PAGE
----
Malton always had good pubs. Lots of old establishments with side rooms and nooks and crannies. Many pubs in England reacted to the downturn in trade by modernising. It is a term that is almost always pejorative in the licenced trade. It usually means opening up the space, knocking down dividing walls and thus destroying the natural ambience of the place. Then thought they could recreate this feeling of tradition by erecting mock bookshelves and placing old kitchen and laundry equipment on pointless shelves next to the laser lighting rig and the Bose speakers. England has lost about a third of its pubs in the last twenty years. Happily many of the ones that have closed are the ones that were modernised. The Spotted Cow is still there, still without a straight wall in the building and still, as far as I can see through the window (it is market day but it is closed) with its jumble of rooms.
Walking around the square is like walking into the past. Some of the shops have changed but the buildings are still the same. Stone is kept for prestige buildings around here. Many of the fine Georgian shops and houses are built with an attractive brick. The majority may be eighteenth and nineteenth century but the design of the town is hundreds of years older and still follows the pattern of the medieval walls.
The most distinctive feature of Malton is the fact that it is two towns. Two very distinct towns divided by a river. On the north bank of the Derwent is well-heeled Malton, on the south is the more industrious Norton on Derwent. I’m very fond of Norton but the lateness in the day keeps me on the top side of the bridge. Both towns are susceptible to flooding and in bad winters they become detached.
I’m delighted to see that Derek Fox’s butchers and game merchant is still in its place at the top of the square. Malton has begun to develop a reputation as a food town and it is upon shops like this that the foundations of that reputation are being built. In the old days pheasants, rabbits and hares hung outside complete with fur and feather. Today such displays are likely to put off as many as they attract. The good folk of middle England are keen to indulge in traditional fine dining but would rather their children don’t have to see where the meat comes from. We were brought up to accept plucking, skinning and drawing as part of the preparation of the meal. Having said that, I’m more than happy to buy 3 brace of pheasant and 3 brace of partridge for £25 and to have them oven ready and in the bag to take away; the pheasant which is not quite in season is frozen, the partridge plump and fresh.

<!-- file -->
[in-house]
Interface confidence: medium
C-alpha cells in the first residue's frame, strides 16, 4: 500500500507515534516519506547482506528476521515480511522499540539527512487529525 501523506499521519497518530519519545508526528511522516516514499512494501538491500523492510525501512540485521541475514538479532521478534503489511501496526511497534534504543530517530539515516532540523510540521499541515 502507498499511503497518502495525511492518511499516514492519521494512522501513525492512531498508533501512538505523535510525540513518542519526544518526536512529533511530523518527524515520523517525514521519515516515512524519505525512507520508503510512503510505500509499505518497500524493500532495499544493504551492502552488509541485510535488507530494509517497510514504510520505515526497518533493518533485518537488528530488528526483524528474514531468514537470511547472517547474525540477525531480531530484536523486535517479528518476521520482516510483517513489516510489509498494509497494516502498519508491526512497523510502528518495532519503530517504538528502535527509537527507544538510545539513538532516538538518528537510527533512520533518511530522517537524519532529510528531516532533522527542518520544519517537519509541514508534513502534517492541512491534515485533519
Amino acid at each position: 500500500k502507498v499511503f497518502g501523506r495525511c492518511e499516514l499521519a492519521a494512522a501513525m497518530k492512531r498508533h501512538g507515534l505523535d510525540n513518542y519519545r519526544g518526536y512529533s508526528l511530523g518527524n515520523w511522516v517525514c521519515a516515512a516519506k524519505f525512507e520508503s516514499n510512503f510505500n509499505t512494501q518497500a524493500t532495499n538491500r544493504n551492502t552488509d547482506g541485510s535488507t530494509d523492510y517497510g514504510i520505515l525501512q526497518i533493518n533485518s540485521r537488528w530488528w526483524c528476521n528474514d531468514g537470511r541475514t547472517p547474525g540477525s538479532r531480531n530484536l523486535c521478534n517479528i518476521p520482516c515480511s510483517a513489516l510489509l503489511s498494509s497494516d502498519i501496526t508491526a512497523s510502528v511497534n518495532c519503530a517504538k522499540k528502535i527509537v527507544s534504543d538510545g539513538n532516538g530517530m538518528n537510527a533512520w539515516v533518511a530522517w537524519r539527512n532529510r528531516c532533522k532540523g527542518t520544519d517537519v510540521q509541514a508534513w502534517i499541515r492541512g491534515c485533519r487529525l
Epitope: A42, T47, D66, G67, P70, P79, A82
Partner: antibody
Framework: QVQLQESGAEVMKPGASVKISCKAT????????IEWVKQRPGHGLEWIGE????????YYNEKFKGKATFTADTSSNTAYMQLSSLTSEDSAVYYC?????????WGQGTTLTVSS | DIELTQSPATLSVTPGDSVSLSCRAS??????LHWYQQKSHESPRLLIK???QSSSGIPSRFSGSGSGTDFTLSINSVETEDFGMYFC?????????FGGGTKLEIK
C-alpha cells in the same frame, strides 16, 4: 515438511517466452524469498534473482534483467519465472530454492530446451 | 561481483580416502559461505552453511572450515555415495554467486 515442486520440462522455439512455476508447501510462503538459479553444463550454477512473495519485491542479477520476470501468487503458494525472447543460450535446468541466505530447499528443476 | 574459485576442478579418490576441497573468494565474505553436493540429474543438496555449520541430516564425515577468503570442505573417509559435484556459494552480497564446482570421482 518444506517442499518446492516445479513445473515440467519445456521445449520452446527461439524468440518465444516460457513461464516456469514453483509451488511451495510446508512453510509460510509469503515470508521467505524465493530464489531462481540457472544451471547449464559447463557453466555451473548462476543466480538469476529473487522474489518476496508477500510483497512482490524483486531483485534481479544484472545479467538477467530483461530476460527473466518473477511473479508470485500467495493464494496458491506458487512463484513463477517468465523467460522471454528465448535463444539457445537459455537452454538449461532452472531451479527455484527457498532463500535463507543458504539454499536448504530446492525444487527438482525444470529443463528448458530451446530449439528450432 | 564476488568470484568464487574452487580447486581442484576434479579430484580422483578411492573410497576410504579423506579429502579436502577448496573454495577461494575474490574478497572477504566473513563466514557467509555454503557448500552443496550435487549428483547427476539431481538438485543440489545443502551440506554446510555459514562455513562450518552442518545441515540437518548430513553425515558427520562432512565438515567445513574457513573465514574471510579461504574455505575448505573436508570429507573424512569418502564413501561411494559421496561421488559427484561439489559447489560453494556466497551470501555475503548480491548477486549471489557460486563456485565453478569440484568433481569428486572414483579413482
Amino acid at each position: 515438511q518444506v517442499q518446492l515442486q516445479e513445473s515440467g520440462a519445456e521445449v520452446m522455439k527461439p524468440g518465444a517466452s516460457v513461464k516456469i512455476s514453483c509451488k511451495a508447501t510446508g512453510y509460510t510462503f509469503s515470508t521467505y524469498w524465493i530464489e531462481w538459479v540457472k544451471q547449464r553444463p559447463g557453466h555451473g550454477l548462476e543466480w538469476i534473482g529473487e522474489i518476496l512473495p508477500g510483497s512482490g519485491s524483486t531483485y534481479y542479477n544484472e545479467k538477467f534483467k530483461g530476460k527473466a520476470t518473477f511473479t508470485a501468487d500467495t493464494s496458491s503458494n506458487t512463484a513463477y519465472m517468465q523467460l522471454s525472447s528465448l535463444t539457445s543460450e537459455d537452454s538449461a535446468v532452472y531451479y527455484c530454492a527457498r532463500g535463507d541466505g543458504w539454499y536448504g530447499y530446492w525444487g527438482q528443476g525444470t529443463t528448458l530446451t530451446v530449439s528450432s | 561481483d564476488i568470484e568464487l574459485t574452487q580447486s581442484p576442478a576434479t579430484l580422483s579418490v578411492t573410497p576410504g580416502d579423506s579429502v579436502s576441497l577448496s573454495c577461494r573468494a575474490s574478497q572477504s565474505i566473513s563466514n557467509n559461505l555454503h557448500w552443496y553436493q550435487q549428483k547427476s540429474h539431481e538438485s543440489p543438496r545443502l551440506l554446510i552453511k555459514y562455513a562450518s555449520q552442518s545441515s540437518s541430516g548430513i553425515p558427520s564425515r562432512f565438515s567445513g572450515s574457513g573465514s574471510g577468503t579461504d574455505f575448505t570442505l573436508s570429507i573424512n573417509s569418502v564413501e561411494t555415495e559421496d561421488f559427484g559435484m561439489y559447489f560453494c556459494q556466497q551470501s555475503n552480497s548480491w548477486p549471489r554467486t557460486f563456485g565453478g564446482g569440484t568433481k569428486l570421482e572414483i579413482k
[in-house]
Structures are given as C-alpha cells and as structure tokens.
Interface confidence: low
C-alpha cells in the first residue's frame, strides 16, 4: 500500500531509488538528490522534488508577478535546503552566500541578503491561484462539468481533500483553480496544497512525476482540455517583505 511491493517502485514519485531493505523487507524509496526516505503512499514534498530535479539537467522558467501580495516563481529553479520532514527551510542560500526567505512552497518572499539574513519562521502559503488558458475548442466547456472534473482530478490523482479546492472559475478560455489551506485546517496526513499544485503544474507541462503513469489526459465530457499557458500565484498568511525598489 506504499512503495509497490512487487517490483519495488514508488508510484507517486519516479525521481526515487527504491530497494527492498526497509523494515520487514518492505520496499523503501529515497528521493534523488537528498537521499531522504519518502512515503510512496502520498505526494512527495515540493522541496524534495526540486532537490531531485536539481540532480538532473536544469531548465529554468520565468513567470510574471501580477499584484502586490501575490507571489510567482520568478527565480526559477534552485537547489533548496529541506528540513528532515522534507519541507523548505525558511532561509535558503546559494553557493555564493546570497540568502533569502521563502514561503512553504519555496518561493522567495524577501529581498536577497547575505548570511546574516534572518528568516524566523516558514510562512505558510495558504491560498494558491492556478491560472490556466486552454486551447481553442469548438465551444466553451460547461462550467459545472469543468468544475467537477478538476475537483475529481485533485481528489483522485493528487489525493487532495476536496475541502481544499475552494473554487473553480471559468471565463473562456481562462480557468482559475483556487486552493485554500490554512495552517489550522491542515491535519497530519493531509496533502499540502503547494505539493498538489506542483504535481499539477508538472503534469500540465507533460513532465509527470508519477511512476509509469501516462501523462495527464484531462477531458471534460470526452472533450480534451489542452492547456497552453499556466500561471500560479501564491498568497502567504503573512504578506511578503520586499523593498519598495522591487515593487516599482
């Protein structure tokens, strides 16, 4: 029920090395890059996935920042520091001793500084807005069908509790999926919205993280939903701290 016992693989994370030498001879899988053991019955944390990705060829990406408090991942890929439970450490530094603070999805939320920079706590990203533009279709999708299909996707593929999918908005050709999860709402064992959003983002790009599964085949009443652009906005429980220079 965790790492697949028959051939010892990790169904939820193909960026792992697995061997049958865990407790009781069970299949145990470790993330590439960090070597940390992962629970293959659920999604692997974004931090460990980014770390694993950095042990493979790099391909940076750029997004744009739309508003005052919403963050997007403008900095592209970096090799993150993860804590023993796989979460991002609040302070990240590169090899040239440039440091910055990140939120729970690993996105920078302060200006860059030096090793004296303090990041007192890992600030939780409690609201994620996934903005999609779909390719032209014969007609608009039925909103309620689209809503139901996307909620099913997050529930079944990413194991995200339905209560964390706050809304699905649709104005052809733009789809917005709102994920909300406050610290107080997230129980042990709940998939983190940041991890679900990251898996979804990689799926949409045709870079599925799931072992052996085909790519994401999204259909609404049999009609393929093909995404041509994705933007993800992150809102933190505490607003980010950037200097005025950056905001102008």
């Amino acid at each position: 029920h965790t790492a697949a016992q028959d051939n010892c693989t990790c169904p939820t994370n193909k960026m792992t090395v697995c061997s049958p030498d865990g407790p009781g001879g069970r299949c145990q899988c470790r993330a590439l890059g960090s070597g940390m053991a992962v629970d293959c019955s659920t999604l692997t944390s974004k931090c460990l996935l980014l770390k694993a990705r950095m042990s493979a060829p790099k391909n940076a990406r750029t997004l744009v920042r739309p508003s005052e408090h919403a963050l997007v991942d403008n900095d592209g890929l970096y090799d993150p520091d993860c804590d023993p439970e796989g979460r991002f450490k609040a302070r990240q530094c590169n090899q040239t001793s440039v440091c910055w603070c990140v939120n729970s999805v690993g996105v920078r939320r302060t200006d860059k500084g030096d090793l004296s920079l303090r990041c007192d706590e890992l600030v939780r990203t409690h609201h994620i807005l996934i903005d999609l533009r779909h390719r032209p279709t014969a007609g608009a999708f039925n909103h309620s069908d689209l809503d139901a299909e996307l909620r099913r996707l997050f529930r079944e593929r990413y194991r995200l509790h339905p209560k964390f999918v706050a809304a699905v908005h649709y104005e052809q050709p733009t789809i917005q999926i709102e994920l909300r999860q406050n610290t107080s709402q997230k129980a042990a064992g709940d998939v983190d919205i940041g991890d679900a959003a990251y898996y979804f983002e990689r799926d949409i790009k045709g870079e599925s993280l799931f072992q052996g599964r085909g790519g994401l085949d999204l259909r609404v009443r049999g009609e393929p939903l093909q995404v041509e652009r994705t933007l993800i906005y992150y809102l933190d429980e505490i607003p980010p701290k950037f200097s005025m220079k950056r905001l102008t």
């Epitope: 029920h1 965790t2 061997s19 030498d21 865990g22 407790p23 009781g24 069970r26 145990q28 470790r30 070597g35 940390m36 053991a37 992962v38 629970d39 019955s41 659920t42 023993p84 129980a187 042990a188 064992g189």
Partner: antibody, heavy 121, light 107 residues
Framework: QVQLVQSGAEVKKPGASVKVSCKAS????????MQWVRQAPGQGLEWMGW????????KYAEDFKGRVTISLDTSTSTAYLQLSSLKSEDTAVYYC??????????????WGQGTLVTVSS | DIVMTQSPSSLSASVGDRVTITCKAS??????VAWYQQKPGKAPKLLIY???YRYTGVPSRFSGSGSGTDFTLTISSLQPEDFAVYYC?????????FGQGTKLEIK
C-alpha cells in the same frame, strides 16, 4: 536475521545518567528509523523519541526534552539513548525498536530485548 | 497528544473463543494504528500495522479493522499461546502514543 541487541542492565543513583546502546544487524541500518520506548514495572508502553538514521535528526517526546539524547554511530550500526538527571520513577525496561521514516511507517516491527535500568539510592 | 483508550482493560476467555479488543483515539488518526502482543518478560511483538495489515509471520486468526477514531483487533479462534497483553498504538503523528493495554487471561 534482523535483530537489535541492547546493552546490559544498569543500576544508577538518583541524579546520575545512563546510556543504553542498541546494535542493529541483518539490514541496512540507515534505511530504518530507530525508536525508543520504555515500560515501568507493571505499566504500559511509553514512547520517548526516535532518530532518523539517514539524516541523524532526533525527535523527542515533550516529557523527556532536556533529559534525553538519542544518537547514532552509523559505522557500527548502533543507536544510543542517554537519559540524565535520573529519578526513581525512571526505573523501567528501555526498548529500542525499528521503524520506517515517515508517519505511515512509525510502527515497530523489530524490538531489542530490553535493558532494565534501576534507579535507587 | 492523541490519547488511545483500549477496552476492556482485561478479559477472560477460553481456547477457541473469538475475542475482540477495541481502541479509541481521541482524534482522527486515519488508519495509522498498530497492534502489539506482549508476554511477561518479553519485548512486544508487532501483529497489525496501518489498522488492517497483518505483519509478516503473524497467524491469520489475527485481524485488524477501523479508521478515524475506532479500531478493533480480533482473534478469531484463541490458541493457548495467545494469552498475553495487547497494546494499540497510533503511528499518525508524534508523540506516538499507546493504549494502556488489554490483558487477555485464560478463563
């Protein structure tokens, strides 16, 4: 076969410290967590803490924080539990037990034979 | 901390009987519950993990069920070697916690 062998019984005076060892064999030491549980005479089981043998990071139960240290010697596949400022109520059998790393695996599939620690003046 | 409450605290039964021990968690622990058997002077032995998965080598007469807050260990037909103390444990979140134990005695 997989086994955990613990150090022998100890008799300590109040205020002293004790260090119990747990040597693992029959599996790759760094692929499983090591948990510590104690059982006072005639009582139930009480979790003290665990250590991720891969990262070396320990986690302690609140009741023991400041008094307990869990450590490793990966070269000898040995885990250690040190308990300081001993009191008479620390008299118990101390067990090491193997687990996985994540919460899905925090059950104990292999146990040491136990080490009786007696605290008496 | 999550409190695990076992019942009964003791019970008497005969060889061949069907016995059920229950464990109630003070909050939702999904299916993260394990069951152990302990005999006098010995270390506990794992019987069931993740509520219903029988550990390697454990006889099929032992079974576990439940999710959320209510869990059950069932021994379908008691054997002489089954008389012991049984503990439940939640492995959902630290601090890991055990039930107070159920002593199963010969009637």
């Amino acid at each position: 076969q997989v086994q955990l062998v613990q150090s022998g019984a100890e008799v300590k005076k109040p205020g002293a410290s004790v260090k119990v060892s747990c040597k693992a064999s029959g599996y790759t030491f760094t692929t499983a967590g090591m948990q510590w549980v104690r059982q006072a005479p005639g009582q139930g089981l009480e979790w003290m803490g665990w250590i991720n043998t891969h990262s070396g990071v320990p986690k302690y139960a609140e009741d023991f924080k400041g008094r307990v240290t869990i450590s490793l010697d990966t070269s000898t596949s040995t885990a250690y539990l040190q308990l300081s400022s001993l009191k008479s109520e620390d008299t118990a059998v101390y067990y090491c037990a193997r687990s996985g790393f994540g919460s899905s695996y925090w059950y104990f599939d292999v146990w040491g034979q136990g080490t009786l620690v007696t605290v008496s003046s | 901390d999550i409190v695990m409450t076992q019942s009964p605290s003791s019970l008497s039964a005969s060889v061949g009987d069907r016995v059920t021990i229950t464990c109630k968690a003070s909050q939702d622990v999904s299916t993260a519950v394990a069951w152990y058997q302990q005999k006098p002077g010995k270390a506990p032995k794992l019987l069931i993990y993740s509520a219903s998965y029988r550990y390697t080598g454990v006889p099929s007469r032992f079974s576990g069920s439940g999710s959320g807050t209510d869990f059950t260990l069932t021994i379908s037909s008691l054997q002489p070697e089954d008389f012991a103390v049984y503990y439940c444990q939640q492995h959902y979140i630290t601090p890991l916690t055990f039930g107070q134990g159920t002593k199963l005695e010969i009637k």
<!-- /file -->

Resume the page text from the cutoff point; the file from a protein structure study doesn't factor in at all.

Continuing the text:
Malton is a horse racing town. There isn’t a course here (though point to point meetings take place) but some of the most successful stables in the country are to be found on the banks of the Derwent. Peter and Mick Easterby have both trained on the gallops around Malton and Sherriff Hutton. Horses from here have won classics as well as taking the top prizes in jump racing. Blunt and to the point, neither is averse to causing the occasional offence. Listening to them talk horses over a pint or two in a Malton hostelry was to hear the poetry in the Anglo Saxon elements of the language. In 2006 Mick caused great offence in celebrating a winner at the Ebor meeting at York by relating an anecdote about how he came to buy the winning horse to Channel 4 interviewer Alastair Down. The story concluded, “You’ve made me look a c*** once, I’m not be made a c*** twice.”
Four viewers rang in to complain and one to congratulate the plain speaking Yorkshireman. The programme makers issued apology after apology. The authorities however took a more relaxed view. I love the wording of their statement. “We have written to Mr Easterby and reminded him that he might want to be mindful of what he says when he is next interviewed on national television.”
I drive out of town past the gallops where these horses run out. Watching them remains one of my abiding memories of my time in the town.
Further out I enter the surrounds of Castle Howard. This whole area has retained a deferential cap doffing attitude to the privileged and the powerful. Few parts of England flaunt their wealth more dramatically than this. The castle is a thing of great beauty but is also a statement of social standing and the power of money. The gateways suggest you are entering in at the gates of Vienna yet you are driving from one set of fields to another. In case you’ve missed the buildings, the temples, the lakes and parklands there are two towering pillars that would dominate any London square.
It has been a long day and the evening sun invites me to rest. On a bench in the village of Coneysthorpe I sit in the sun and look over the lake to the great house. It became famous as the location of Brideshead Revisited in an 80s television series. The last time I was here they had just finished filming. I was a young man then. The landscape has barely changed which is something that I cannot say of myself.
A sunset in 1981 I might otherwise have forgotten.
Hermit who lived in the youth hostel. Some dog!